Hawai‘i is a special group of islands because we are in the middle of the sea and lack barrier reefs. Our islands are relatively new compared to other island chains in the Pacific, like the Philippines, and we have huge waves that break on our lava reefs on a regular basis.
Due to the large surf, constant wind and ocean currents, our fish species have evolved differently than in the rest of the Pacific Ocean.
While Hawaiian people learned to surf waves over a hundred years ago, Hawaiian fish also learned to surf waves. The human surfers ride on top of the wave and the fish schools ride the underside of the wave, and sometimes they all ride the same wave. I have been a surfer all my life, so while diving I feel comfortable shooting underwater movies right under waves we surf on to see what the fish are doing, and I captured some remarkable footage of fish surfing.
The Hawaiian reef is always a battleground for space between limu (algae) and coral growth. Each species wants its own space to grow on the reef. The algae-eating fish, like the manini (convict tangs), keep the reef in balance so the algae does not take over and the coral does not cover the entire reef.
The large schools of manini, along with the api (whitespotted surgeonfish) and maikoiko the whitebar surgeonfish, have learned to surf the underside of the waves. When the wave ends, the fish drop down and feed on the algae on the reef for just a few seconds, then they ride the surge of the wave back out to sea. While waiting for the next wave to come in they feed on the algae on the outer reef, then ride the next wave toward shore to feed again on the inside reef.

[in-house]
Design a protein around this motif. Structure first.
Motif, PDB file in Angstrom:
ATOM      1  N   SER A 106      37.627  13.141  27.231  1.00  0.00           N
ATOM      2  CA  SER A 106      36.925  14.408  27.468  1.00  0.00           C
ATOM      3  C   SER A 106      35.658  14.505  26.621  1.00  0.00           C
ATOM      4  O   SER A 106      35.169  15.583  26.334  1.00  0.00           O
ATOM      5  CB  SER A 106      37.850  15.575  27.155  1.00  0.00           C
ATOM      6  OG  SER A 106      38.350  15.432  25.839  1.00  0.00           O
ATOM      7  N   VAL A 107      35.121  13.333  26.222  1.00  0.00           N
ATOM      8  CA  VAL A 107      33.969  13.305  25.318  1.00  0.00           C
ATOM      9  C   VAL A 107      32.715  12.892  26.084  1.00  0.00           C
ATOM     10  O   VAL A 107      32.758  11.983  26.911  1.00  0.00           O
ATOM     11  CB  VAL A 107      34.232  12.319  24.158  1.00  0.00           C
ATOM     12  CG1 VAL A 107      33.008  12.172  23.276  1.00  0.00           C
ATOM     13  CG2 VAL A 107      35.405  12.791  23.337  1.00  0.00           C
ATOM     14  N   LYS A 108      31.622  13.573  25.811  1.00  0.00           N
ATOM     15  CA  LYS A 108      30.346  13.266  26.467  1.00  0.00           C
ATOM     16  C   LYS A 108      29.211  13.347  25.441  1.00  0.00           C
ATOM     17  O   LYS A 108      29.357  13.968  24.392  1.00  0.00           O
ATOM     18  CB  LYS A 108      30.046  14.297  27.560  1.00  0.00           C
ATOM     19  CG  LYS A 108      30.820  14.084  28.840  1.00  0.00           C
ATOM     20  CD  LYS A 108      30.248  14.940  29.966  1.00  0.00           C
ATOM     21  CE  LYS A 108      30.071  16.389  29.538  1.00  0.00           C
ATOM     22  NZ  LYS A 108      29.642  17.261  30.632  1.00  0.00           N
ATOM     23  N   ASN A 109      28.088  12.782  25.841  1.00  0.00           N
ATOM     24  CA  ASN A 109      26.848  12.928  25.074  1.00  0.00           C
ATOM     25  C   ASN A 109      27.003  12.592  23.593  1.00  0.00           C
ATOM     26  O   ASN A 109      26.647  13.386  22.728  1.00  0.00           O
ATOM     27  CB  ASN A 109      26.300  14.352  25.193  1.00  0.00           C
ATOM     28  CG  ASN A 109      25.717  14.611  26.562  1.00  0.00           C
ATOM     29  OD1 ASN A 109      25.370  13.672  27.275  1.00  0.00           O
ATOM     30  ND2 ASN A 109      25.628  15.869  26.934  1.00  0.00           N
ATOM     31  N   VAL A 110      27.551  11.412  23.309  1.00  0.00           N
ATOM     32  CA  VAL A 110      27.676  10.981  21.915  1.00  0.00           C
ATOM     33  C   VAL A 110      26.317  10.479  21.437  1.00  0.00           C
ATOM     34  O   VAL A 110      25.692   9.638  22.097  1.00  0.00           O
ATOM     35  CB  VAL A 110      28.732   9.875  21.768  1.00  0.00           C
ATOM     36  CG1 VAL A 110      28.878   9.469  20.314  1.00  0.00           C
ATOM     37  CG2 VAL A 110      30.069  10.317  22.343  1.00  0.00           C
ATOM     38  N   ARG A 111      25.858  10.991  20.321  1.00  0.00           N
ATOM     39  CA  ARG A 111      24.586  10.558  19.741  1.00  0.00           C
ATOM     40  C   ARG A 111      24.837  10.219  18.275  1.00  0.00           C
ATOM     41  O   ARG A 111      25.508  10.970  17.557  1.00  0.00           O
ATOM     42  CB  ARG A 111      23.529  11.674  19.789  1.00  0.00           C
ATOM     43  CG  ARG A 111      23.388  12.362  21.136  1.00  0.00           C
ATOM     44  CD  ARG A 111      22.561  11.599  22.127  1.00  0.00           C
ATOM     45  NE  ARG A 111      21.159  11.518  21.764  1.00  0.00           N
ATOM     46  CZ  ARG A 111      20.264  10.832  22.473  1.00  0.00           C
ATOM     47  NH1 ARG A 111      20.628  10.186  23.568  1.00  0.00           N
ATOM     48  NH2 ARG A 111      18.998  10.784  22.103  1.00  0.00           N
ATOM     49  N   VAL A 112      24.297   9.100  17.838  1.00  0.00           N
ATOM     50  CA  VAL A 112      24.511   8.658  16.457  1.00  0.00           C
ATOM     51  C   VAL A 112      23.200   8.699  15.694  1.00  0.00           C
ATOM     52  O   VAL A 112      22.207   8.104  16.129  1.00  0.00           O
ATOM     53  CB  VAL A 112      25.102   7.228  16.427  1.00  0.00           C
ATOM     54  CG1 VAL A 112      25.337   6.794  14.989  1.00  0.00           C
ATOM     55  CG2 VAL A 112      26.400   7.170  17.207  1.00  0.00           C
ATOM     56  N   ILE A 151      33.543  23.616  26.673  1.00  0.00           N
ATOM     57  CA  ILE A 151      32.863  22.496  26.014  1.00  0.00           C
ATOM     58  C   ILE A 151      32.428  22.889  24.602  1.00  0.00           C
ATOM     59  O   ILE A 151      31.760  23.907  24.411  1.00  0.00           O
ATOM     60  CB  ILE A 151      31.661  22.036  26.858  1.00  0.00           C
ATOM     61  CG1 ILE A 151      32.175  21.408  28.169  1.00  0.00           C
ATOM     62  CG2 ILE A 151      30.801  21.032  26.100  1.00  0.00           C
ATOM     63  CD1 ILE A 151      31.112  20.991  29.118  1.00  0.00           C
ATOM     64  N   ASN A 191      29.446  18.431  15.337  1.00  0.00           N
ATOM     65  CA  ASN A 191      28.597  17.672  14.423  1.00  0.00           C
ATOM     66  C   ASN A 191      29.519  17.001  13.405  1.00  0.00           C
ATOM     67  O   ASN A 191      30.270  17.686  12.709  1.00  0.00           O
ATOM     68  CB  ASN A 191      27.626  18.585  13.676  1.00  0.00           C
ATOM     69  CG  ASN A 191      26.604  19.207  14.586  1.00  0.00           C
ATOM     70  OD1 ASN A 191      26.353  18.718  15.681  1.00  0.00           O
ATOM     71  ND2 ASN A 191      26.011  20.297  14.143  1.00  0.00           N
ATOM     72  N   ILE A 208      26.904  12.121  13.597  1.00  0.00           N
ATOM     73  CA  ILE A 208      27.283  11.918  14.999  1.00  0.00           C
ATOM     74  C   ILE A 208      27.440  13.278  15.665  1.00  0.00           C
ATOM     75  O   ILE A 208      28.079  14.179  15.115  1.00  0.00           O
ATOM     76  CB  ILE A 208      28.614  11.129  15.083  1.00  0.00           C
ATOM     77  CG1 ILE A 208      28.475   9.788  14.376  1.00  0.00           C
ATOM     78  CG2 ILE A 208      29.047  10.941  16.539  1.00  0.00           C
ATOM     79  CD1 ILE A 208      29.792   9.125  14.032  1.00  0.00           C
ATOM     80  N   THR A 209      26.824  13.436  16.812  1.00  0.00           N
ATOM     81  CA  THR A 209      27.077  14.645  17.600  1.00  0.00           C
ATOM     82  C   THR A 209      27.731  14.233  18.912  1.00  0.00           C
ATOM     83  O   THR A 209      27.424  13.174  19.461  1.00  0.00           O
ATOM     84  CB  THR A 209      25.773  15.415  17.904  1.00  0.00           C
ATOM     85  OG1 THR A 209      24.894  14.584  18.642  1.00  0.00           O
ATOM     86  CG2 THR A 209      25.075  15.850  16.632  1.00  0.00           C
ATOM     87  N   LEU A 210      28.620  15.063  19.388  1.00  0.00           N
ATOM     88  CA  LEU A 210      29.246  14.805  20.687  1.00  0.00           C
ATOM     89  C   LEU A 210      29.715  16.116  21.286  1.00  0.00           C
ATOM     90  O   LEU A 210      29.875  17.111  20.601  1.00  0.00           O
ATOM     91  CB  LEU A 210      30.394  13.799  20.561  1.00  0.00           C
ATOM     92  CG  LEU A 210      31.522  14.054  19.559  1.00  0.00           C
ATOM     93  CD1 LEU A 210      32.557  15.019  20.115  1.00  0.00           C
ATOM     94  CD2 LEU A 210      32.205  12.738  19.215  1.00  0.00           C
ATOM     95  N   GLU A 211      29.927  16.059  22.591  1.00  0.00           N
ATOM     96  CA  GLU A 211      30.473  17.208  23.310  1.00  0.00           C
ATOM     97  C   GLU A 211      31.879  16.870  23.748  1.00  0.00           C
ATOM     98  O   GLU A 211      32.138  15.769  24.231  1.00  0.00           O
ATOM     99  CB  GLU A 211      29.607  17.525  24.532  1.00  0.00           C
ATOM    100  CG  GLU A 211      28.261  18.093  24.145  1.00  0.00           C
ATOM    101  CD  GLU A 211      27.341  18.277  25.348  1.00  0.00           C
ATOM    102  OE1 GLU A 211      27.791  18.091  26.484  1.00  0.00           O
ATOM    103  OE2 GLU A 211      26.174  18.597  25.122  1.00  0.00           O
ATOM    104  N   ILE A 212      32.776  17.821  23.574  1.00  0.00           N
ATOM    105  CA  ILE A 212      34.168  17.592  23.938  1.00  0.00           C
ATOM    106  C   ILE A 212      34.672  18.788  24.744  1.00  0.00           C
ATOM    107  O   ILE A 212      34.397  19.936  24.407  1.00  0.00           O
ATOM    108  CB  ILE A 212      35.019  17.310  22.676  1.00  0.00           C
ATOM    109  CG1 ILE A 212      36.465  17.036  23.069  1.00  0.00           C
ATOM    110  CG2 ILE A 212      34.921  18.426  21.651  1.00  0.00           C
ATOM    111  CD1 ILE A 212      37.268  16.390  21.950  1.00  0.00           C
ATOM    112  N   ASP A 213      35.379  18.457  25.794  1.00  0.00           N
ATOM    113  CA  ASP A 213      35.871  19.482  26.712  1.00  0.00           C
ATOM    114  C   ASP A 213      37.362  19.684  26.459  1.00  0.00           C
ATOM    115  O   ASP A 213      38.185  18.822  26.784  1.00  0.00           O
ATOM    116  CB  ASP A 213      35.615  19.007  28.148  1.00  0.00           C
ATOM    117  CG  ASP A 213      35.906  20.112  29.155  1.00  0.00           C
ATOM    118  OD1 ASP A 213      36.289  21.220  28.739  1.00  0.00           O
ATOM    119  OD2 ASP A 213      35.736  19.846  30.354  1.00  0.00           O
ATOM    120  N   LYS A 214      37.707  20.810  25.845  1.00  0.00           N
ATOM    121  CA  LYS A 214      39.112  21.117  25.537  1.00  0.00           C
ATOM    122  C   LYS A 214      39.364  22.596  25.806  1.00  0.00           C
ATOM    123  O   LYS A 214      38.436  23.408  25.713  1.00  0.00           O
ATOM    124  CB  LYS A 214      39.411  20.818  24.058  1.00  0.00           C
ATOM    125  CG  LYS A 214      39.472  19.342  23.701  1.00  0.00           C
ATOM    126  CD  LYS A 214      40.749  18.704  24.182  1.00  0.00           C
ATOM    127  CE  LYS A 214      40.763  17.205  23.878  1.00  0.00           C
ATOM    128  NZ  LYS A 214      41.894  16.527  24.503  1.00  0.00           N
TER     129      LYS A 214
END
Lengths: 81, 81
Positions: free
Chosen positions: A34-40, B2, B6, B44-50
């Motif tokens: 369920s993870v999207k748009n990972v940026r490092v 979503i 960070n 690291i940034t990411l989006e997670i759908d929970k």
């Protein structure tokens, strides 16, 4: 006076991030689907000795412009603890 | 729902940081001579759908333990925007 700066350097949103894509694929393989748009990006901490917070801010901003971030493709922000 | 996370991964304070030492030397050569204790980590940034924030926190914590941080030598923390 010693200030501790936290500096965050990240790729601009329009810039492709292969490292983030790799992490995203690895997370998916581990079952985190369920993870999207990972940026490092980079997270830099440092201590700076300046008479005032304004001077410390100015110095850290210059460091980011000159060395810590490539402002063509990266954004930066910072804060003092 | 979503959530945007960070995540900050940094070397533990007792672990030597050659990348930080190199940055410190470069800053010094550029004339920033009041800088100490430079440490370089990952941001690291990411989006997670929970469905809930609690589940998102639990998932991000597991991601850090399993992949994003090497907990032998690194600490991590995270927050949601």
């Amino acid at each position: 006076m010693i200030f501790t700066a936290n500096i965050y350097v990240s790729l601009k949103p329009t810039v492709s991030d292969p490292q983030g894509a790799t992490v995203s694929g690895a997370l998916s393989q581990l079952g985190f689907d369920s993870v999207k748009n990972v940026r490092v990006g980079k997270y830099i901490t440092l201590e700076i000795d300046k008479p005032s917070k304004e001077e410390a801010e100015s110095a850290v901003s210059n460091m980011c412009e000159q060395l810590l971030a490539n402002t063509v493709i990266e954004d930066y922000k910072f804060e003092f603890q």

We all know that the waves are different sizes every day, so this causes the schools of algae-eating fish to ride different waves and feed on different parts of the reef every day, which keeps them from over feeding on any one part of the reef. This balance gives plenty of good limu for the honu (sea turtles) to feed on, and also healthy coral for the butterfly fish and uhu (parrotfish) to feed on.
Surfing a wave is all about understanding balance, if you are a human on top of the wave or a fish riding the underside of the wave. You can see the surfing schools of fish in action in my documentary movie about marine life at Sharks Cove on O‘ahu up on my marine life educational webpage at underwater2web.com and YouTube at Underwater2web.
All of my movies are made for the whole family to watch, and are good to show in the classroom for marine life education.
Terry Lilley is a marine biologist living in Hanalei. He is co-founder of Reef Guardians Hawai‘i, a nonprofit on a mission to provide education and resources to protect the coral reef. To donate to Reef Guardians Hawai‘i go to www.reefguardianshawaii.org.
Source: The Garden Island
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